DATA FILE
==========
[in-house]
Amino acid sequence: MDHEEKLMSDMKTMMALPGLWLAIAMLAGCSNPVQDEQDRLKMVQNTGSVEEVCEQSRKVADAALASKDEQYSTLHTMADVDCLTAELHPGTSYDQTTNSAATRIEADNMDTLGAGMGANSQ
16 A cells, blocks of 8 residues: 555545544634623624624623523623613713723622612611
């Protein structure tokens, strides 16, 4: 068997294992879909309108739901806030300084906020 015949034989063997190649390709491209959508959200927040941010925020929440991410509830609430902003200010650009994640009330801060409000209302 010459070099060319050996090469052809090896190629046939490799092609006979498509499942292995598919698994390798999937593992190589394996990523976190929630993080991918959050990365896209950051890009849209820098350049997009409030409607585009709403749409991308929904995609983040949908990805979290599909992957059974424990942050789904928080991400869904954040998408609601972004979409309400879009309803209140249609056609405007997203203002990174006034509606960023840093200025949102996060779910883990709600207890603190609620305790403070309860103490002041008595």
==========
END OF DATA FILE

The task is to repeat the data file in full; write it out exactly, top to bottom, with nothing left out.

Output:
[in-house]
Amino acid sequence: MDHEEKLMSDMKTMMALPGLWLAIAMLAGCSNPVQDEQDRLKMVQNTGSVEEVCEQSRKVADAALASKDEQYSTLHTMADVDCLTAELHPGTSYDQTTNSAATRIEADNMDTLGAGMGANSQ
16 A cells, blocks of 8 residues: 555545544634623624624623523623613713723622612611
């Protein structure tokens, strides 16, 4: 068997294992879909309108739901806030300084906020 015949034989063997190649390709491209959508959200927040941010925020929440991410509830609430902003200010650009994640009330801060409000209302 010459070099060319050996090469052809090896190629046939490799092609006979498509499942292995598919698994390798999937593992190589394996990523976190929630993080991918959050990365896209950051890009849209820098350049997009409030409607585009709403749409991308929904995609983040949908990805979290599909992957059974424990942050789904928080991400869904954040998408609601972004979409309400879009309803209140249609056609405007997203203002990174006034509606960023840093200025949102996060779910883990709600207890603190609620305790403070309860103490002041008595």